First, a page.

The other two modes are D2 and D3, accessed by tapping the shifter to the left when in Drive. Each mode provides additional regenerative braking. A clever safety trick that other EVs don’t offer is that when driving in any mode other than D1/Drive, as soon as you let up on the accelerator, your brake lights go on, warning drivers behind you that you are braking even though your’re not pushing the brake pedal.

Plenty of cargo space in the e-Golf, same as the regular 4-door Golf hatchback.

Plenty of cargo space in the e-Golf, same as the regular 4-door Golf hatchback.

I drove the car in all modes and liked each one for different reasons. I did wish that VW had put paddle shifters on the steering wheel to activate regenerative braking, but that’s a small ding.  I’d probably end up driving it B mode all the time and pat myself on the back for barely touching the mechanical brakes – after all, I am a car geek.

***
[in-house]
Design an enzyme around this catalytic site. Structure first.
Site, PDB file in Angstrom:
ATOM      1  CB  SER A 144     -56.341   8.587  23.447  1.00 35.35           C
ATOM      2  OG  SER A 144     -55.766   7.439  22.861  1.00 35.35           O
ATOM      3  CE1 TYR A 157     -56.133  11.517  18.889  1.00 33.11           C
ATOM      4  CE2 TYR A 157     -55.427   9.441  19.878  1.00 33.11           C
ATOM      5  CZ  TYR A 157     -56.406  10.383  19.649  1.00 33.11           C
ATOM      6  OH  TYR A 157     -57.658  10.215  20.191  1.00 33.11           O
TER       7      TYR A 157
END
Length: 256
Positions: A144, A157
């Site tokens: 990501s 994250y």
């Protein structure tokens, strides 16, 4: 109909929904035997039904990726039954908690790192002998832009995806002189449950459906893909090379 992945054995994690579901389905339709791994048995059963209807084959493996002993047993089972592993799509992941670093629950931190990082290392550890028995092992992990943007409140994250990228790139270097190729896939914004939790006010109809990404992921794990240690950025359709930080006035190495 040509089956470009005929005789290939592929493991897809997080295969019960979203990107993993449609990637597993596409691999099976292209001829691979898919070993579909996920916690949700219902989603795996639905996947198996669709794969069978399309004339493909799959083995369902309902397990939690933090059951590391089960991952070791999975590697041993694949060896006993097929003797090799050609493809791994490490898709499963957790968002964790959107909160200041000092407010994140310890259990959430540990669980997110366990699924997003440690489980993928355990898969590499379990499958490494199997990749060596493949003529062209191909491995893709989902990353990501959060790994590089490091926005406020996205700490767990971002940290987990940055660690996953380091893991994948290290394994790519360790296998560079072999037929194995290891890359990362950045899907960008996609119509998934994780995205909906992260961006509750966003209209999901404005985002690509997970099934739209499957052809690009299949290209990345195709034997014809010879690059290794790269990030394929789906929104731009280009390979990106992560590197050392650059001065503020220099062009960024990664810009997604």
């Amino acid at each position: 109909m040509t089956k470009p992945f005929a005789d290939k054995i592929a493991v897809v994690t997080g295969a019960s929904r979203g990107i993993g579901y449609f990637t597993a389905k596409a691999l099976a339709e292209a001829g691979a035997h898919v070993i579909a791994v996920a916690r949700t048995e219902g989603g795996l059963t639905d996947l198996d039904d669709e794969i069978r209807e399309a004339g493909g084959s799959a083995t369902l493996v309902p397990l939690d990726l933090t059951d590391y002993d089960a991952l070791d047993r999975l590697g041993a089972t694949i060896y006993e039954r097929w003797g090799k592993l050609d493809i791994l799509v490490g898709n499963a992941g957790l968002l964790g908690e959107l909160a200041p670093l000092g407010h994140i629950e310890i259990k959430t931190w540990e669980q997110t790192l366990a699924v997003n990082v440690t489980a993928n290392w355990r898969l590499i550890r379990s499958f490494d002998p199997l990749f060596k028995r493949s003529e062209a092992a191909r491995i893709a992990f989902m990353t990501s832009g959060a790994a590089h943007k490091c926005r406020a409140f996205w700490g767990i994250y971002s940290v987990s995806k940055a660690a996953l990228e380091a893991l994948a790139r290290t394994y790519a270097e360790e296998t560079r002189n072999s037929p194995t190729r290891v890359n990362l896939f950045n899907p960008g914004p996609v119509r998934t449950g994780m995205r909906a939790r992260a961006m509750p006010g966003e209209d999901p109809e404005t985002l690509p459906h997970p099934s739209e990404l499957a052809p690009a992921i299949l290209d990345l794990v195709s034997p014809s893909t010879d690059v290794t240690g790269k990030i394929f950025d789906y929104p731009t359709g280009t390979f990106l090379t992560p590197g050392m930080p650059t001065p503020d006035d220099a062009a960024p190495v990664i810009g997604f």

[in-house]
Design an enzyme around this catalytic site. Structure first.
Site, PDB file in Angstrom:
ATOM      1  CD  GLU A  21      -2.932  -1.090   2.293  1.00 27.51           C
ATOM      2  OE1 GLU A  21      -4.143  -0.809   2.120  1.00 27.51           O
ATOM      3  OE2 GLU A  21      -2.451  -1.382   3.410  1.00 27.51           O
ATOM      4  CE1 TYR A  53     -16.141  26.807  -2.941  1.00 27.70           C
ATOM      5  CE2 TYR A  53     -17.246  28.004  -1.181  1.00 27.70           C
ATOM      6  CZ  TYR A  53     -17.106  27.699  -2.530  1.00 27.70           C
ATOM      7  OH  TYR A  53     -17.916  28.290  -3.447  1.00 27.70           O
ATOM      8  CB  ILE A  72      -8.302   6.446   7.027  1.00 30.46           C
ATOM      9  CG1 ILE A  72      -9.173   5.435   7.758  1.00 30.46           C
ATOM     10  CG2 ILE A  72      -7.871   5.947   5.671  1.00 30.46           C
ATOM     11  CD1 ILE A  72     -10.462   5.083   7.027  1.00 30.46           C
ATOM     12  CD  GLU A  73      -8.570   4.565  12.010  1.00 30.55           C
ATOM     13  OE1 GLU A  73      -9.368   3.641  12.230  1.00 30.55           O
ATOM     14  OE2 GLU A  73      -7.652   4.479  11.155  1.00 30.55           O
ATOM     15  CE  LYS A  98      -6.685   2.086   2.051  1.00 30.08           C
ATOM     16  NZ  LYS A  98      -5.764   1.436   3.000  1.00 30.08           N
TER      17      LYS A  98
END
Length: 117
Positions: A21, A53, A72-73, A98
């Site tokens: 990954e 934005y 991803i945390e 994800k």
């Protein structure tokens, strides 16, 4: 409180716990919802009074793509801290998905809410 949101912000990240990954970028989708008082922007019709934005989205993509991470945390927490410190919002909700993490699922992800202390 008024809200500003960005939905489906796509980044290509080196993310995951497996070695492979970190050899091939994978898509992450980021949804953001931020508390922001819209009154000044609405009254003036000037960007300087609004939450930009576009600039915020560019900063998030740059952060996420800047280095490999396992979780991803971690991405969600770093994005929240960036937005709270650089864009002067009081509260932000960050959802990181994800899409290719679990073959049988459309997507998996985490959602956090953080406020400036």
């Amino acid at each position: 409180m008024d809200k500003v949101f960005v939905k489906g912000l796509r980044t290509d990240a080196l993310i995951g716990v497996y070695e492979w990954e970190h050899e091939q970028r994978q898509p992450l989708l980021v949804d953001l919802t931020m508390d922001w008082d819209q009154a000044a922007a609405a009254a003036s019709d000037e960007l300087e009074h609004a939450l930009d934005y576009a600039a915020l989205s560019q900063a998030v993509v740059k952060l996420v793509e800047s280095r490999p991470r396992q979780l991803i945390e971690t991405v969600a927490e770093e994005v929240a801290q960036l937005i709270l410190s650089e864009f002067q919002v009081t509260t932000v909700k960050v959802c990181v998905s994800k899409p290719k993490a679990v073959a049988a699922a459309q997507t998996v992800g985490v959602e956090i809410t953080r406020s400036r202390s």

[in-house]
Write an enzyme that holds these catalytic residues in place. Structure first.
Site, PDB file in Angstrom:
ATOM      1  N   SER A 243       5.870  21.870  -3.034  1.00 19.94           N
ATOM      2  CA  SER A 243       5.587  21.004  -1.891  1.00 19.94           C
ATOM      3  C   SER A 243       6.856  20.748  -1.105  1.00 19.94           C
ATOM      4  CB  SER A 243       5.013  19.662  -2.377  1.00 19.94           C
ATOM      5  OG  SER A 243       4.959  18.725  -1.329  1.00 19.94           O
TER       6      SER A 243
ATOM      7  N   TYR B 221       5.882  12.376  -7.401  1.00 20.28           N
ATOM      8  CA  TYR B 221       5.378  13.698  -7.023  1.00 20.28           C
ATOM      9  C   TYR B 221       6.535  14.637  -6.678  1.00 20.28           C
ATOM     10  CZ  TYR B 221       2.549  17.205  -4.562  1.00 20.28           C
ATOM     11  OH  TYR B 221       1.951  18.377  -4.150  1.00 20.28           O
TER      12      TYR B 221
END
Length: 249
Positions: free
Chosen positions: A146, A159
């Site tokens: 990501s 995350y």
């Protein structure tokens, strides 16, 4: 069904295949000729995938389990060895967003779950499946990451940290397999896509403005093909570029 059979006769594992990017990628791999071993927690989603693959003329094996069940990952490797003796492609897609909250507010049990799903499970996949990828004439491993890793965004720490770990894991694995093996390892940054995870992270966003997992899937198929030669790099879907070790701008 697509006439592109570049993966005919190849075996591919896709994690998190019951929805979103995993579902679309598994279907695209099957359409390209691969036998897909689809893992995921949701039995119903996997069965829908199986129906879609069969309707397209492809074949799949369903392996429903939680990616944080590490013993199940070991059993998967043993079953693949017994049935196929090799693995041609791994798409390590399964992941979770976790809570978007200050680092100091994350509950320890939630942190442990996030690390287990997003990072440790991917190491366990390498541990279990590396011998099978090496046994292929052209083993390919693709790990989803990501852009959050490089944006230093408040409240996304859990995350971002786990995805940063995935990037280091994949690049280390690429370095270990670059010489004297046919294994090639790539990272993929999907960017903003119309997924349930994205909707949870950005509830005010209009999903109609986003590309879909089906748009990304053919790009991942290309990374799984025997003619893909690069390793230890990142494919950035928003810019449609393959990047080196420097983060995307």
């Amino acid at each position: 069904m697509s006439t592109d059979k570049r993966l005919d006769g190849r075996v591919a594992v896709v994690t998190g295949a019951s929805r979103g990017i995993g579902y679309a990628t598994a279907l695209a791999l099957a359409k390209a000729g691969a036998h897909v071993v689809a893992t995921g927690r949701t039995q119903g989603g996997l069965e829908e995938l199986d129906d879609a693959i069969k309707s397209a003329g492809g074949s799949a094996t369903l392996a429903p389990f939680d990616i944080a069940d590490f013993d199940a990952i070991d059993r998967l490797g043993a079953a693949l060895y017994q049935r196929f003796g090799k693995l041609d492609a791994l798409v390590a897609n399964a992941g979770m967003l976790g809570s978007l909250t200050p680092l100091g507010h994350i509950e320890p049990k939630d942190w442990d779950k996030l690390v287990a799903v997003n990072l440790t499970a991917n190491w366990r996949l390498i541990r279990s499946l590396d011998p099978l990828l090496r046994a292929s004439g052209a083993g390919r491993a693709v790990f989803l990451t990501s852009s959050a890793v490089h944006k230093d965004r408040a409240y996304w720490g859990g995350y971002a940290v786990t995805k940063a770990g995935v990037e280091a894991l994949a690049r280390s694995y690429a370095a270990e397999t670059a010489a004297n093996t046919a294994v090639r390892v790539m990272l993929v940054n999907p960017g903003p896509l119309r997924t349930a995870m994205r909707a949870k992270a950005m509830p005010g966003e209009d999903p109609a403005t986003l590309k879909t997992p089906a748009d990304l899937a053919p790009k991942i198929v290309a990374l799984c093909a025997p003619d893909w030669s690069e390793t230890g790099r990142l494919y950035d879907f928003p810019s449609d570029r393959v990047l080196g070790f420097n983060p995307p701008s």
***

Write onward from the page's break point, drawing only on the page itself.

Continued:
The Good:

  • All the goodness of the excellent Golf Mk7
  • Refined electric powertrain
  • Three levels of regenerative braking – from mild “normal” to near 1-pedal operation
  • Obligatory smartphone app to monitor
  • First rate interior for a non-luxury car
  • Precise, well-weighted steering
  • Made in Germany, not Mexico
  • Impressive fit of body panels
  • Slick aerodynamic aluminum alloy wheels – not cheap plastic covers over steel wheels
  • Two SD memory card slots in chilled glove box – but who uses SD memory cards for their music?
  • Automatic headlights and rain sensing wipers
  • Keyless entry and start
  • Aced its crash tests with top ratings

The Not So Good:

  • Smallish 5.8″ touchscreen
  • No USB ports – Really?
  • Short-leash, complicated media cable to tether your smartphone
  • No sunroof – but it does save weight
  • No HomeLink
  • Annoying delay in rear view camera operation due to placement of cam under large rear VW badge
  • Antique,unnecessarily large switchblade key fob that the VW group has been using for more than a decade. Time for a change.
  • Some cheap hard plastics on lower fascia panels
  • No leather seat option – only perforated “leatherette”
  • DC fast charging system uses CCS (Combined Charging System) and there aren’t many locations for this yet